In its opening act, Detective Pikachu comes surprisingly close to being that modern Who Framed Roger Rabbit adventure that it seemingly aspires to be. Ryan Reynold’s enthusiasm is infectious, there is a genuinely interesting mystery to solve, and the film shows us pockets of the Pokémon world the games rarely ever explored. For about an hour or so, it feels like the film might stick the landing and become a family classic. 

Unfortunately, things fall apart pretty soon after when Detective Pikachu devolves into the spectacle of mediocre CGI and poorly-planned Pokémon battles that many feared this movie would be from the start. That sudden shift in quality can be brutal to endure, but it’s necessary to at least acknowledge the talent, craft, and ideas that went into this movie and formed its greatest moments. 

15. Sonic the Hedgehog (2020)

Between the whole pre-release fiasco over Sonic’s design and the generally sorry state of the Sonic the Hedgehog franchise in recent years, it’s safe to say that expectations couldn’t have been lower for this film. You probably shouldn’t raise those expectations too much if you want to have a good time with this one, but much of the positive buzz you’ve heard about this movie is true. The Sonic the Hedgehog movie is often pretty good. 

Highlighted by Jim Carrey’s scene-stealing (and scene-chewing) portrayal of Dr. Eggman, Sonic The Hedgehog is often just a little funnier, just a little more clever, and just a little more enjoyable than anyone expected it to be. Children and unabashed Sonic fans with nothing left to lose will ultimately get the most out of this one, but the whole thing hovers just far enough above “solid” for long enough to at least earn it a seat at the table. 

14. Super Mario Bros. (1993)

It’s historically been difficult to be a genuine fan of the 1993 Super Mario Bros. movie. For quite some time, this adaptation was popularly referred to as one of the worst movies ever made. In reality, it’s probably closer to a fascinating failure that will leave you rushing to research its production history in a desperate attempt to comprehend how this whole thing came together. 

First off, those who still criticize this movie for not being faithful to the games need to learn a new line. There were only a handful of Super Mario Bros. games available in 1993, and they weren’t exactly overflowing with lore and intricate storylines. This movie instead picks certain pieces of Super Mario iconography and weaves them into a dystopian sci-fi adventure filled with lavish sets, inexplicable casting decisions, and just a little bit of body horror. The whole thing feels like a fever dream, but years of big-budget movies that play it way too safe have elevated this picture from the dredges of cinematic history. Also, Bob Hoskins is the only movie Mario I care to recognize at this time.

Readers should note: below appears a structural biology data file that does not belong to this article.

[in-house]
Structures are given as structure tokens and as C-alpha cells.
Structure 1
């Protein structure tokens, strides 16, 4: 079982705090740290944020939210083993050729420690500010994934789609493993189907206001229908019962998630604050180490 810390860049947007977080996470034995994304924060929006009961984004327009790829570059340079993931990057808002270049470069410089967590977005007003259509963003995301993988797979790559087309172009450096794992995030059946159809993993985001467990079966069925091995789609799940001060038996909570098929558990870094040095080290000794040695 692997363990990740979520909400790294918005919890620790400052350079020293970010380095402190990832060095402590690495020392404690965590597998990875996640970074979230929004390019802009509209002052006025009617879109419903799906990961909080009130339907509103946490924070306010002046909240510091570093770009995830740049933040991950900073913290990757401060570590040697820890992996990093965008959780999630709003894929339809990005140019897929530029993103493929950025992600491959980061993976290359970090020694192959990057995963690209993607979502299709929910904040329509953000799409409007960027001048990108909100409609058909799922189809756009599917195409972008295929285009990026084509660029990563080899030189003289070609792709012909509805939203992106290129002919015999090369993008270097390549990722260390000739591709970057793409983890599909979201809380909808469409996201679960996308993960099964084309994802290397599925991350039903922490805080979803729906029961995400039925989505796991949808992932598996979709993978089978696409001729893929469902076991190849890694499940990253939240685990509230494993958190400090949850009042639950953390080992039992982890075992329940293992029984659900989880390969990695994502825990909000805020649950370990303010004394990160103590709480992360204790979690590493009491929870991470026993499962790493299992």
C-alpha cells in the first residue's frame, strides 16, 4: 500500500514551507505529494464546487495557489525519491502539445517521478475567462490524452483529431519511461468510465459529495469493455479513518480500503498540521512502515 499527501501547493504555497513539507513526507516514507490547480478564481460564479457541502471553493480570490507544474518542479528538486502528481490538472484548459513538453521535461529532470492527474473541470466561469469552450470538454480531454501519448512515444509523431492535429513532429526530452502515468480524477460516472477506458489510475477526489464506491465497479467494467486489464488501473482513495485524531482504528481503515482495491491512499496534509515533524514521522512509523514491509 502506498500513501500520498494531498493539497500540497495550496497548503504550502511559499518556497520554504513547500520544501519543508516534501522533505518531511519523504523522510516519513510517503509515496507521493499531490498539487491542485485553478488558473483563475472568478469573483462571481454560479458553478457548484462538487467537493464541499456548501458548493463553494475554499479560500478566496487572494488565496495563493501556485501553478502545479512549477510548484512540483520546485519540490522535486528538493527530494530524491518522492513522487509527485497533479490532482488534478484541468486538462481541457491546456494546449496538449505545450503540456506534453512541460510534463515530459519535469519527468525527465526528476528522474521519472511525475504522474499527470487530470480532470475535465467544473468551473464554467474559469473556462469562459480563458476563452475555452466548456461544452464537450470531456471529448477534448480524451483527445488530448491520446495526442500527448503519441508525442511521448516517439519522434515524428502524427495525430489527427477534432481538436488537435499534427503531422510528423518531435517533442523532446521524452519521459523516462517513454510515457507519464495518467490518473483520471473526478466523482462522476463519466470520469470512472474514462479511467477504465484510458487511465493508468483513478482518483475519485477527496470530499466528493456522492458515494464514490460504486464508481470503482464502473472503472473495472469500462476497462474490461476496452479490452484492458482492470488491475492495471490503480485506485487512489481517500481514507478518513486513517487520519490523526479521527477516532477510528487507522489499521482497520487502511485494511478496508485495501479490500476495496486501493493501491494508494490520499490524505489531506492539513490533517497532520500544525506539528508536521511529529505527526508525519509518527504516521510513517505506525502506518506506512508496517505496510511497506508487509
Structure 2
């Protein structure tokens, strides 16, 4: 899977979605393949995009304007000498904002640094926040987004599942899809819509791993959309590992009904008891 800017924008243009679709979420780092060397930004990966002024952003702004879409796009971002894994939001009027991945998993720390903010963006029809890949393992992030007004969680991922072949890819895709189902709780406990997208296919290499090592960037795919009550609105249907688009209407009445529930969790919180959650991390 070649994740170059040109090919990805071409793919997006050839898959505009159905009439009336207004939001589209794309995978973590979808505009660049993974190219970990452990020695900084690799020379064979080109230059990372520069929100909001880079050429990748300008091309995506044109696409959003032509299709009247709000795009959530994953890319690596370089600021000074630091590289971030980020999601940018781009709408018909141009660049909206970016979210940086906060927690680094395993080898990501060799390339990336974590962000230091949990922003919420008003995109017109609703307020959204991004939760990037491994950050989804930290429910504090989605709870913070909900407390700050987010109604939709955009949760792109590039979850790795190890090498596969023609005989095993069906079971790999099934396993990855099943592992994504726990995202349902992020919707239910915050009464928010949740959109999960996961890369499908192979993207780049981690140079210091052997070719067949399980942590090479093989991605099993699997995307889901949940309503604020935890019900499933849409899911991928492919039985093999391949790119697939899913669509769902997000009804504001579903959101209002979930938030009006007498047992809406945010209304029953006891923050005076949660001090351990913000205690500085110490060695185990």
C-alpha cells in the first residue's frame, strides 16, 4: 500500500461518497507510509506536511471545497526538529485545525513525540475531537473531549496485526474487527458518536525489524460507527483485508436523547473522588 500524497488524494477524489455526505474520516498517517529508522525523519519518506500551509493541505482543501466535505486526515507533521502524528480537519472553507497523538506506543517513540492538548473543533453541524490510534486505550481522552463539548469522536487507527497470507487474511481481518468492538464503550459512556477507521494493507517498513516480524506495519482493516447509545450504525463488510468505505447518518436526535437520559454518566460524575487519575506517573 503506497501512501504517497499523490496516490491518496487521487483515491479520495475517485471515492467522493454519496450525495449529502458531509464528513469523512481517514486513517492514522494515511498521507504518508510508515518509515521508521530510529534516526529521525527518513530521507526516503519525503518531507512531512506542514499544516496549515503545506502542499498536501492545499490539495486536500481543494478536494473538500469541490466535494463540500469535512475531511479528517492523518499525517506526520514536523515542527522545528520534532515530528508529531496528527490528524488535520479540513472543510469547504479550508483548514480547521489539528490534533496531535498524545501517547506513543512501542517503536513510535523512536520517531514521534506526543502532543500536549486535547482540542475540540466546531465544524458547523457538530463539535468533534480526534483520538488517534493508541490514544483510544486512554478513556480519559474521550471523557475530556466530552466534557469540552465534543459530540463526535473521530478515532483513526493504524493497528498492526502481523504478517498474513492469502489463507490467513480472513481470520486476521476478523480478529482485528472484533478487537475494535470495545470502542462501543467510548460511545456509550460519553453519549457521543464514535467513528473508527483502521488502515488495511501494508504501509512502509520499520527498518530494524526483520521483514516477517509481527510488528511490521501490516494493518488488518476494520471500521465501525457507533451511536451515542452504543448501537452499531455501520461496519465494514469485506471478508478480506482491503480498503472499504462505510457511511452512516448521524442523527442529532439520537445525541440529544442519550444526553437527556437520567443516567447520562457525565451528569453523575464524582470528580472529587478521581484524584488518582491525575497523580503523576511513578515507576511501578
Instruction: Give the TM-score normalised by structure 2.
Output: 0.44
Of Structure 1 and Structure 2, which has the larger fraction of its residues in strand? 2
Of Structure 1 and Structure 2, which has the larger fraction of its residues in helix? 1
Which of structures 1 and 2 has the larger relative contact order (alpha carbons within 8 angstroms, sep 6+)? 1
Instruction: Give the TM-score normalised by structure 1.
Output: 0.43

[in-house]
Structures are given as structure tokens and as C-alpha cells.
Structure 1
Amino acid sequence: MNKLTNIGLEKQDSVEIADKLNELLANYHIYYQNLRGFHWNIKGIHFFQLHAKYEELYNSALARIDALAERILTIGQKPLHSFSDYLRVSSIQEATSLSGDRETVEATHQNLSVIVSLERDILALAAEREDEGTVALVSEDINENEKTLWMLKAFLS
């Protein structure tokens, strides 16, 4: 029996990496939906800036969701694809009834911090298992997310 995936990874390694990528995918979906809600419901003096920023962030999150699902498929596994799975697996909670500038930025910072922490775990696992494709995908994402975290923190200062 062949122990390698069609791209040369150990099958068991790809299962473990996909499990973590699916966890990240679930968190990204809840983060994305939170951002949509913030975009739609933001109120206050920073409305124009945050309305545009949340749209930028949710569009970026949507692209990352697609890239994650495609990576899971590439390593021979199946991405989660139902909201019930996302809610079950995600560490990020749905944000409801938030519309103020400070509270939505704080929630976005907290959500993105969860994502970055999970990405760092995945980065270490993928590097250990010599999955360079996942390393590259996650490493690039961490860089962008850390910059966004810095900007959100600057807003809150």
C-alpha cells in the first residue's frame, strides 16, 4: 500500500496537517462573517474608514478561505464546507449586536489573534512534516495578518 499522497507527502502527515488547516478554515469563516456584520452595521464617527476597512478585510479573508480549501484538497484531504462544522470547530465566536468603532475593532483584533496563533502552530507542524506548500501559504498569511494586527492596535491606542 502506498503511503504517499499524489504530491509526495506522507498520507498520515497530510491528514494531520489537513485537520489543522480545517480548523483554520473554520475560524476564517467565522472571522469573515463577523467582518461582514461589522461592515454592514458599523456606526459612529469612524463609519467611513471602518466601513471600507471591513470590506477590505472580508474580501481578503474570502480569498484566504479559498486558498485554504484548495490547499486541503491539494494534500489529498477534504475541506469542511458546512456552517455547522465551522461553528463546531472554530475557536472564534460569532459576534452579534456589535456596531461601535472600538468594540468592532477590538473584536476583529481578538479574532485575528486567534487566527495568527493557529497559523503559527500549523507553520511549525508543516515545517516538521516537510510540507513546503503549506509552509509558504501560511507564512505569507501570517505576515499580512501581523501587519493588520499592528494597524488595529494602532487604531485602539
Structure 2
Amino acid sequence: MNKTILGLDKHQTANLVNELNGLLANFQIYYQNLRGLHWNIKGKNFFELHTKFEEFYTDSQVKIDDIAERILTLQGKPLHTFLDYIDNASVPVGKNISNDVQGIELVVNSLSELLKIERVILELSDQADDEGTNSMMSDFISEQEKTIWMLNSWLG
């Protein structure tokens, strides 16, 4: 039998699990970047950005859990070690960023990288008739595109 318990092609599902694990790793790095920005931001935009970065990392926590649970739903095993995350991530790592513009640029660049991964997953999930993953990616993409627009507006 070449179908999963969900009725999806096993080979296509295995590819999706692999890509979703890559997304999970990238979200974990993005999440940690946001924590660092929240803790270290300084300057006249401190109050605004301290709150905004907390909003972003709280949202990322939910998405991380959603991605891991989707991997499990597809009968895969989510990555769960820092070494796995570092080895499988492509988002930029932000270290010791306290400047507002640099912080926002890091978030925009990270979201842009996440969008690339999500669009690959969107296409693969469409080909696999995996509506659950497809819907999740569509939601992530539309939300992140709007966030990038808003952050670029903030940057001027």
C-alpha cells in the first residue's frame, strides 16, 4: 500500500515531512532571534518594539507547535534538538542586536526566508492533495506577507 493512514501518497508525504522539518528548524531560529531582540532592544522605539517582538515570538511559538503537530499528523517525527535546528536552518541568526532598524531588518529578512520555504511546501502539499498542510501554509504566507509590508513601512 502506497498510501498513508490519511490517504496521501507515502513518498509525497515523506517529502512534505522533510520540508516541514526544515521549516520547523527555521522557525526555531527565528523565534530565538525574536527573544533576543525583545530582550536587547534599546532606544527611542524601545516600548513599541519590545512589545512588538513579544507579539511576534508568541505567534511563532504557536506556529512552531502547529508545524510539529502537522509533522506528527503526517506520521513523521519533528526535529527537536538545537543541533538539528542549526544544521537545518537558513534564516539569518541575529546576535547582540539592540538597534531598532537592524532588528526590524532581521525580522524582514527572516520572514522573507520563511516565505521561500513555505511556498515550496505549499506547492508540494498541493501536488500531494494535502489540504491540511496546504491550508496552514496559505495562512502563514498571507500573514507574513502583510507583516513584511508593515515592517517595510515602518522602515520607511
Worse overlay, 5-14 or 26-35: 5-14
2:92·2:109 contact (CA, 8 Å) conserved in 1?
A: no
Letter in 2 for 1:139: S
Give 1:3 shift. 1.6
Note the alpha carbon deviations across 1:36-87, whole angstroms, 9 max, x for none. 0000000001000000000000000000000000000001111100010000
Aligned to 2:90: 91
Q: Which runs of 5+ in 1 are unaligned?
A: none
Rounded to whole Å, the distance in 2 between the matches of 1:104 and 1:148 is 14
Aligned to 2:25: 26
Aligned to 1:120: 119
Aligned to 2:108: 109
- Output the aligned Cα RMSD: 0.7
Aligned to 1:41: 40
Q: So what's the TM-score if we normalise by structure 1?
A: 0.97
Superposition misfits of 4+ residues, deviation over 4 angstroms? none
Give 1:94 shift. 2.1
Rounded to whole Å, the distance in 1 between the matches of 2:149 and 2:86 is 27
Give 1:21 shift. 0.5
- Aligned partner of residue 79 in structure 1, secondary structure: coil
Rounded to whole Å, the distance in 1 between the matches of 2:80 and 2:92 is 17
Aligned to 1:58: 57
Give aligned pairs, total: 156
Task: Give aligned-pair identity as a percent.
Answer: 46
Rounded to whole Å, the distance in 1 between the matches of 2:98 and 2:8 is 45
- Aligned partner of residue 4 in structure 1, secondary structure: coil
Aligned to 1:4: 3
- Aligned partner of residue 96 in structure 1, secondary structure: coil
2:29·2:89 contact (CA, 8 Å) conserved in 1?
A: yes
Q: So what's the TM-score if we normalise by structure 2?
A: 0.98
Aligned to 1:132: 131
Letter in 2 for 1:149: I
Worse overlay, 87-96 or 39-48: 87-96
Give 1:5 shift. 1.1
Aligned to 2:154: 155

13. Silent Hill (2006)

It’s remarkable that we have been…blessed with so many Resident Evil adaptations over the years, and none of them measure up to the first Silent Hill movie as actual works of horror. 

Look, anyone who comes into this movie expecting a Silent Hill 2-level work of psychological horror is going to be let down by what is ultimately a mid-2000s horror movie with a lot of mid-2000s horror shortcomings. Still, this movie does a great job of utilizing the looks and sounds of a proper Silent Hill adventure even if it has to sacrifice a lot of that series’ more substantial qualities in the process. It’s one of those hidden gems that is arguably let down most by the expectations and associations of its source material. 

12. Mortal Kombat (1995)

In the minds of many, 2021’s Mortal Kombat movie had a pretty low bar to clear. Those who remembered being disappointed by this ‘90s adaptation of the fighting game franchise simply asked for the violence and proper martial arts they felt that this film largely denied them. Yet, when that movie came out and proved to be surprisingly dull despite technically delivering in those two areas, I like to think that people started to look back at this movie in a slightly more favorable light. 

There’s a shocking amount of creative energy in this film that is best exemplified by its certified banger of a soundtrack. At a time when adaptations were regularly criticized for being unfaithful to their source material, this movie feels remarkably close to the MK games available at that time. Granted, its violence is tame, but there’s an actual fighting tournament, callbacks to various rivalries and interactions, and a few fights that properly exhibit the unique characteristics of their combatants. Most importantly, it’s a ton of fun. 

11. The Super Mario Bros. Movie (2023)